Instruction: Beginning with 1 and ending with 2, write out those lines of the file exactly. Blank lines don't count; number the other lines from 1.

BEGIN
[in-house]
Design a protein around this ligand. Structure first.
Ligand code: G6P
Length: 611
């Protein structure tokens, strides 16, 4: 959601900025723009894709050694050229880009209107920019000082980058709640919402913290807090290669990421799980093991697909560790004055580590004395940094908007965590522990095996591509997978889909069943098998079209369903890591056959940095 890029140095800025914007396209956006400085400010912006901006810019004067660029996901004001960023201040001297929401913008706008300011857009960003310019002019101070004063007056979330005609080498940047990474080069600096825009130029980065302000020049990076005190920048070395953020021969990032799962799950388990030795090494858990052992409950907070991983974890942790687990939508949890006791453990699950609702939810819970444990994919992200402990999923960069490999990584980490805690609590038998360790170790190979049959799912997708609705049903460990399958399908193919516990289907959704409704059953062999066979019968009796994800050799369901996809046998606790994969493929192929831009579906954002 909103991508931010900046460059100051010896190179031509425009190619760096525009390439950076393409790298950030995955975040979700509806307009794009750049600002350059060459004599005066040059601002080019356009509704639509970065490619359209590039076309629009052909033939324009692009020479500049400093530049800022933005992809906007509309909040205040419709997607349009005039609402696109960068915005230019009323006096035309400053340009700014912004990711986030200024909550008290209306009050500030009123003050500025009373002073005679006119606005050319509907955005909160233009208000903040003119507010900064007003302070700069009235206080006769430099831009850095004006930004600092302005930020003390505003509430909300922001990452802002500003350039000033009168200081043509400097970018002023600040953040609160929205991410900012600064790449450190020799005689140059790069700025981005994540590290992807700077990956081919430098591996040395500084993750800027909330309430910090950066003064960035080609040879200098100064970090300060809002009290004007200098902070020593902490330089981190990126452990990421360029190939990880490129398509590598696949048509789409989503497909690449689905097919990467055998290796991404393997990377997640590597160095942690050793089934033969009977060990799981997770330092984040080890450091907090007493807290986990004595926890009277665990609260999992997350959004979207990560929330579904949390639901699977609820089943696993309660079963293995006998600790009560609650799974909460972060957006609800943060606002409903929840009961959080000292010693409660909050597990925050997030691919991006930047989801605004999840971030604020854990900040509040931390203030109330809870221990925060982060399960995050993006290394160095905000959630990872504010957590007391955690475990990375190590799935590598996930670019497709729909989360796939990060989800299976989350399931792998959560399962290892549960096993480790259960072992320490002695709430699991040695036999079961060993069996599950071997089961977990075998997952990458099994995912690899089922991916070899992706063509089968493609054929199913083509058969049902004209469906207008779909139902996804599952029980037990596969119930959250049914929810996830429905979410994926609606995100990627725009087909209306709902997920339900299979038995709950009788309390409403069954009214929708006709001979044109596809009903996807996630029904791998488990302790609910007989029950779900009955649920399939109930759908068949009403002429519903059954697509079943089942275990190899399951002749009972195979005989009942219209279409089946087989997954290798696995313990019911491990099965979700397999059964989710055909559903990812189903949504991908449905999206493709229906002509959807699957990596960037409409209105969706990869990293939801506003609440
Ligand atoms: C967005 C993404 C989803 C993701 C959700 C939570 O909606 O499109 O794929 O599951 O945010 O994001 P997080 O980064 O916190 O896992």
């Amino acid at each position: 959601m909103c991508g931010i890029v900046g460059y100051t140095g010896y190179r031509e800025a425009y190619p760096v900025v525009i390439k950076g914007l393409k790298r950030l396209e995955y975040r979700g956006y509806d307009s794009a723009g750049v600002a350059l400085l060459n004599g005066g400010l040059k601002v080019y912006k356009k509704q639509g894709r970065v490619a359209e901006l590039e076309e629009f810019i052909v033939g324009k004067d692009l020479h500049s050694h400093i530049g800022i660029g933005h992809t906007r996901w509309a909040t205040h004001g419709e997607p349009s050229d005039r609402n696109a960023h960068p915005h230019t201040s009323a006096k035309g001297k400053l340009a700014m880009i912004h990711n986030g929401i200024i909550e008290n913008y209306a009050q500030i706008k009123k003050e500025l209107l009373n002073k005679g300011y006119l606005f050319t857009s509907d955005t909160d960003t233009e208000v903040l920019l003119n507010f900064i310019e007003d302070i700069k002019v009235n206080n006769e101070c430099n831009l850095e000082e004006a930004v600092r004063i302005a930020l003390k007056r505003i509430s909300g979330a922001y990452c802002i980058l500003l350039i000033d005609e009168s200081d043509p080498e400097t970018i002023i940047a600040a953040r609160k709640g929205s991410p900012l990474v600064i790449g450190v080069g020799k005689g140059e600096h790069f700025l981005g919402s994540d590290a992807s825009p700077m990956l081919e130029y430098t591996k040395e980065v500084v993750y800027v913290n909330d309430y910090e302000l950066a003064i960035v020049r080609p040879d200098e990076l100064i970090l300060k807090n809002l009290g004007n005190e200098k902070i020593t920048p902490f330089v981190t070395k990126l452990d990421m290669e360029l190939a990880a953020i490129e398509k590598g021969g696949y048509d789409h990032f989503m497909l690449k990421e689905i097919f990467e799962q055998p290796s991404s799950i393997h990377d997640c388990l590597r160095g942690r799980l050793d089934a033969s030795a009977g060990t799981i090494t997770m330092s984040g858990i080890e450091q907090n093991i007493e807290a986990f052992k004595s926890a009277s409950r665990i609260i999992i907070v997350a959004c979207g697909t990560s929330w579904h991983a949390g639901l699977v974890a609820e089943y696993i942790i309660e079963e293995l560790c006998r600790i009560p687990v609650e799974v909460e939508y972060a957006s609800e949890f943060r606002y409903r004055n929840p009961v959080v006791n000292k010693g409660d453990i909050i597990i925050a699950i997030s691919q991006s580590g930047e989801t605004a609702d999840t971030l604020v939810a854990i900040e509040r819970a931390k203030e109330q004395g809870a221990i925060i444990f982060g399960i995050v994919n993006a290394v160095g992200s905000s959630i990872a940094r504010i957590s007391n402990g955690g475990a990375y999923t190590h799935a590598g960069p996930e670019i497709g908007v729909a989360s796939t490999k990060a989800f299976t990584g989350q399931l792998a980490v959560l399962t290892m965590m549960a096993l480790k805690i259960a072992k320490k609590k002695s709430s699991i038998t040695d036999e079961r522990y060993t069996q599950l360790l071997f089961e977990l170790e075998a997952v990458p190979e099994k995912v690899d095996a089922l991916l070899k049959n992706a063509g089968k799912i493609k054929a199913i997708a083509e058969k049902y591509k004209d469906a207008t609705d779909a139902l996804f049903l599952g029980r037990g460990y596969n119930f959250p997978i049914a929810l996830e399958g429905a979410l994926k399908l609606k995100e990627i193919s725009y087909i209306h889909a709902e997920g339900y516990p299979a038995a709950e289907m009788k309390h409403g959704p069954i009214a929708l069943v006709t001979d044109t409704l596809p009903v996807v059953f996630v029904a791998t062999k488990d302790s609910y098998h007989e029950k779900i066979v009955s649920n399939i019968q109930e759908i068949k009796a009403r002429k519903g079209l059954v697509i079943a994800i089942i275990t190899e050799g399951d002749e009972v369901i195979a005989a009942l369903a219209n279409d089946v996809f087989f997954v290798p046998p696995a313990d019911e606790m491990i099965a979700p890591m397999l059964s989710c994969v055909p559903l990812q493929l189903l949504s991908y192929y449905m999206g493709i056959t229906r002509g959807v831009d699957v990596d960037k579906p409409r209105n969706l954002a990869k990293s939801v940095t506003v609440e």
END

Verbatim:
[in-house]
Design a protein around this ligand. Structure first.